Although I have called this essay the “Absent Cross” that is not because there are no depictions of crosses of various kinds in early Christian art, but because they are essentially portrayed not as agents of execution but as victory-standards. For this reason they are often studded with jewels; moreover in late antiquity, the ancient Egyptian life symbol, the ankh—a cross with a loop at the top—was adapted as the crux ansata in the Coptic church. It is possible that the simple equal-armed cross was also derived from the ankh, rather than from a crucifix.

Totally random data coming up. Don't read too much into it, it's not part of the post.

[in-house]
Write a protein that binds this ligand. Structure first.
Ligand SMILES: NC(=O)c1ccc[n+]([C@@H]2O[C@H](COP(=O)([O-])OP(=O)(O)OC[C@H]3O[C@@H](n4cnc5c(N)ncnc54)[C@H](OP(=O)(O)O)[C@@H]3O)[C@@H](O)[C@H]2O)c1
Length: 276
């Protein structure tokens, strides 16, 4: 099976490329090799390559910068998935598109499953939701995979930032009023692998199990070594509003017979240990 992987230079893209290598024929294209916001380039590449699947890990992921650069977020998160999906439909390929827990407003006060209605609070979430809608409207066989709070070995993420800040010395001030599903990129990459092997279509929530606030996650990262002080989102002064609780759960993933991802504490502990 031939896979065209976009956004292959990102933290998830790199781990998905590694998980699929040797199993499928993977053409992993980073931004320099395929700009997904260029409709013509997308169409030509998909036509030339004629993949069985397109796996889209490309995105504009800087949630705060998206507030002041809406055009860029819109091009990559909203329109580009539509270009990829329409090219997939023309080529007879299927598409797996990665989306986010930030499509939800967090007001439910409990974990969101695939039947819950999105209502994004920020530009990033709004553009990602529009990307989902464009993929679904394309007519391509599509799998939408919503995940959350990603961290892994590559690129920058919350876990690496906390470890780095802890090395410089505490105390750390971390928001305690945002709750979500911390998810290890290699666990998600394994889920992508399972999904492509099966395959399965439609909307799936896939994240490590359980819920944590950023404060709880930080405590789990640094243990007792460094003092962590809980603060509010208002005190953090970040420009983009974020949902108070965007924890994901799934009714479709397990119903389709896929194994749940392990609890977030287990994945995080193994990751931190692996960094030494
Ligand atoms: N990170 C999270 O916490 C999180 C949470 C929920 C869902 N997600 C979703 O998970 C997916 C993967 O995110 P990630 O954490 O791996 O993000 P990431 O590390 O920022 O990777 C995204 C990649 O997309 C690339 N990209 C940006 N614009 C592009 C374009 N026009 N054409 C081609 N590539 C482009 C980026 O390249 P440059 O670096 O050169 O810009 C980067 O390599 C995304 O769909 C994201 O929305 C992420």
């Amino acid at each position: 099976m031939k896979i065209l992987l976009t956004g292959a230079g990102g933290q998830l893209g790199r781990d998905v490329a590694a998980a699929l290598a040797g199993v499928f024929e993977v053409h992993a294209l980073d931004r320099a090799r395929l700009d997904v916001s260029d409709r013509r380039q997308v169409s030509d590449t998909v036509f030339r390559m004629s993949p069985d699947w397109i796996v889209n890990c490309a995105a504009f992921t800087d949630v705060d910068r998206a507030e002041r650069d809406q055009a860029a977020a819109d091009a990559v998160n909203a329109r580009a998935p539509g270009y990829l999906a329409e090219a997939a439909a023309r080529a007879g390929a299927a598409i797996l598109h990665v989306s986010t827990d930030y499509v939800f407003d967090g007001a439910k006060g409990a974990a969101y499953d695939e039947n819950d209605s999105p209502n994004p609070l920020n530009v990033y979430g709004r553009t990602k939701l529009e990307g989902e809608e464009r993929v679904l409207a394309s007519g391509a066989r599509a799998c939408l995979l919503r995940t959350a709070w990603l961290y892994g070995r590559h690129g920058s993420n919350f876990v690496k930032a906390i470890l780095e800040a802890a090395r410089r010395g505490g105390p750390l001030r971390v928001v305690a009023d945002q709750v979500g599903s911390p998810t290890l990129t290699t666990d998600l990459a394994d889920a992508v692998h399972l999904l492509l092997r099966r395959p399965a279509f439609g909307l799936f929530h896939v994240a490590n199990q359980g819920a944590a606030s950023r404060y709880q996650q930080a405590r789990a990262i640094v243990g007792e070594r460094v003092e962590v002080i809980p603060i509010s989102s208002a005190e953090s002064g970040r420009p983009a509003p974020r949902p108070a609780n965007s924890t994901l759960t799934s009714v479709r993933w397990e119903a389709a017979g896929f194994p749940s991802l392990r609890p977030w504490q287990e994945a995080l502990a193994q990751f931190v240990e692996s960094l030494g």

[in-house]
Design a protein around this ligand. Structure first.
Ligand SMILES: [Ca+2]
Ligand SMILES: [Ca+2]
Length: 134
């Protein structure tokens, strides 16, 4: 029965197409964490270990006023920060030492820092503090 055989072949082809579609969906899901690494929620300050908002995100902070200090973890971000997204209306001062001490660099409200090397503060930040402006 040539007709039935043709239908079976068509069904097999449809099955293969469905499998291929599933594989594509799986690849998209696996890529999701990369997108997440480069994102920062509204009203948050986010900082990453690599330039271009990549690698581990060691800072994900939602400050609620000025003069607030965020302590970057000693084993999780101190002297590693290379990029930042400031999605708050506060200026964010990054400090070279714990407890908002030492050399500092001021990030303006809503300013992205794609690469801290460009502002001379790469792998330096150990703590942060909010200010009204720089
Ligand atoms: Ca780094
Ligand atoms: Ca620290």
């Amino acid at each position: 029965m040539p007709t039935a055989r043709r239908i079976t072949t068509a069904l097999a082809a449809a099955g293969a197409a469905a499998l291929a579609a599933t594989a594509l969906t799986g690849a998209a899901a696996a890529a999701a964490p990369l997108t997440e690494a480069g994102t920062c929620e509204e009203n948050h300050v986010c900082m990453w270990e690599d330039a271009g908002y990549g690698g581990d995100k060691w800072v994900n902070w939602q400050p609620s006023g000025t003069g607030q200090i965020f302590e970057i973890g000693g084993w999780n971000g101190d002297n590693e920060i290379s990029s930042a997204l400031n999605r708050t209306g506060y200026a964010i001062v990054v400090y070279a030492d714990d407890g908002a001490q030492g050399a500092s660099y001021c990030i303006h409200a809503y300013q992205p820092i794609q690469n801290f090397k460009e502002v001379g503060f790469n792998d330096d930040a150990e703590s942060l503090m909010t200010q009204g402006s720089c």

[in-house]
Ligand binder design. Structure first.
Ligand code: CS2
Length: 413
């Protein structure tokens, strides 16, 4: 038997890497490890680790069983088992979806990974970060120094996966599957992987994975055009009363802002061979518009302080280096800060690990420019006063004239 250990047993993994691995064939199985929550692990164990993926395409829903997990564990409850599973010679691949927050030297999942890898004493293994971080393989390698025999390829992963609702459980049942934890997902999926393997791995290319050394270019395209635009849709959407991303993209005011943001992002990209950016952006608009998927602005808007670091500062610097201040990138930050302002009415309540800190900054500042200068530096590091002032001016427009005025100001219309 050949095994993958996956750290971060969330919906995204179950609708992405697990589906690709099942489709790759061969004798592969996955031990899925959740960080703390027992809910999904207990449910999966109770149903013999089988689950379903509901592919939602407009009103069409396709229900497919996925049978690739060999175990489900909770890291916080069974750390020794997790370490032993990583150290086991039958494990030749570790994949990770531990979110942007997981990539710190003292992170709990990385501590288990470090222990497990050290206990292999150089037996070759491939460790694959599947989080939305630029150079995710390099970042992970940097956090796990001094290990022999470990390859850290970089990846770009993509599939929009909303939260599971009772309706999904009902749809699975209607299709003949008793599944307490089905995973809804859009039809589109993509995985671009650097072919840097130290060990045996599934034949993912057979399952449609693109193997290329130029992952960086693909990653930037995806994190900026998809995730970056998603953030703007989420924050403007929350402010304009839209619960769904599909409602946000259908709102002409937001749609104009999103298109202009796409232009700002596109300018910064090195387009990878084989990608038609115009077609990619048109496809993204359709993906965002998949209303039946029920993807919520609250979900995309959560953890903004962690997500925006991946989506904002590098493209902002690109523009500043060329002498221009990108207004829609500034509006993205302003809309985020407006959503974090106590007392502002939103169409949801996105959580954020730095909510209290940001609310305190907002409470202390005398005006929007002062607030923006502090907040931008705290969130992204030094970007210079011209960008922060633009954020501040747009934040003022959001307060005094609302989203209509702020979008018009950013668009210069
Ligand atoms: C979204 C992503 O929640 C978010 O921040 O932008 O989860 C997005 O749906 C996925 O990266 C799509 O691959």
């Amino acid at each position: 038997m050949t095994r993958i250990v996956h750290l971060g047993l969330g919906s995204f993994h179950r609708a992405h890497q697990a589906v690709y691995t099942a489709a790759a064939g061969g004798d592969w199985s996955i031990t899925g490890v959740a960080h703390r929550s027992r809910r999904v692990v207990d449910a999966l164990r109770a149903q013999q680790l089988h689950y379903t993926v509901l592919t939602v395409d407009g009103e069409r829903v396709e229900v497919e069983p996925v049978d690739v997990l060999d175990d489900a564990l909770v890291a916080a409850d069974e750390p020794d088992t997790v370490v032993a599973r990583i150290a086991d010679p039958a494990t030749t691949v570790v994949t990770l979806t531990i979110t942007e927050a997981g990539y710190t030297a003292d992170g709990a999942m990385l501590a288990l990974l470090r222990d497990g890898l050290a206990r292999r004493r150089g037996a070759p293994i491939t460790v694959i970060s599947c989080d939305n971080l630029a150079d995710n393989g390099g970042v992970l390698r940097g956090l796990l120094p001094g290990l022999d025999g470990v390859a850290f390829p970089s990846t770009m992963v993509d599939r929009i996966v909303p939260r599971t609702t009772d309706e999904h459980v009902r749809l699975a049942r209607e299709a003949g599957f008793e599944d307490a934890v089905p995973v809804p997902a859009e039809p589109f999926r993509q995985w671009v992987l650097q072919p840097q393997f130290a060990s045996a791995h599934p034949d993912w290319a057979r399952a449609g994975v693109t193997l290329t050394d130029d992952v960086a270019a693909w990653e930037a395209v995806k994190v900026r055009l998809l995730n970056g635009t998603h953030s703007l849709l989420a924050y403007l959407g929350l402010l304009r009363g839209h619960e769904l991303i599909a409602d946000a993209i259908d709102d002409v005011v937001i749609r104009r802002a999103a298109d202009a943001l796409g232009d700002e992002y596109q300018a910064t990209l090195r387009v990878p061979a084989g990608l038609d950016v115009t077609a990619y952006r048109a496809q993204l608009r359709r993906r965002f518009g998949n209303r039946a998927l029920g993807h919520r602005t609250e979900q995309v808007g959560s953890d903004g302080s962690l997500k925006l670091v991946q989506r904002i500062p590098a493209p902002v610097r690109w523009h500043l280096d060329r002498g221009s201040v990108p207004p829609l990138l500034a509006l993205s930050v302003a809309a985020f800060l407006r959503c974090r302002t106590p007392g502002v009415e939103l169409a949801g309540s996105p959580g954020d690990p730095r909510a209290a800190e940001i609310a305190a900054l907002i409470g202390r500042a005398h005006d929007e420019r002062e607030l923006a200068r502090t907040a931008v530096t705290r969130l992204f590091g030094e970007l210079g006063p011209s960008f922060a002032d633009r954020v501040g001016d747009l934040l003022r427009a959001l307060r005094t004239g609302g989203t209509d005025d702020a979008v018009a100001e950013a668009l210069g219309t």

The commonest early Christian symbol comes from the early 4th century: it is the monogram of Christ's name the Greek letter Chi (Χ) and the Rho (Ρ), although one variety—the monogrammatic cross or staurogram—has a horizontal cross-bar, rendering the device both more cruciform and, indeed, because of the upper loop more ankh-like. The Chi-Rho was Constantine’s emblem and the standard under which he triumphed at the Battle of the Milvian Bridge in 312. It is familiar from numerous subsequent artefacts and works of art, including, signet rings, brooches, belt fittings, silver plate, frescoes, and mosaics. Shown above is a 4th century mosaic at Hinton St Mary in Dorset: the Chi-Rho is depicted behind the head of Christ Pantocrator (Christ as ruler of the cosmos), who is flanked by two pomegranates, symbolic of burgeoning life because of their many seeds. Elsewhere, the Chi-Rho—both the normal form and the staurogram—is also often flanked by the Alpha and Omega, the first and last letters of the Greek alphabet and hence symbols of eternity. The Chi-Rho is also figured on sarcophagi from throughout the Empire; one of my favourite sarcophagi dates from about 350 CE, and depicts scenes from Christ’s Passion. Jesus is shown carrying the cross, but the centre panel features the Chi-Rho surrounded by a wreath proclaiming Christ’s victory over death, flanked by doves, while below the soldiers sleep by the empty tomb.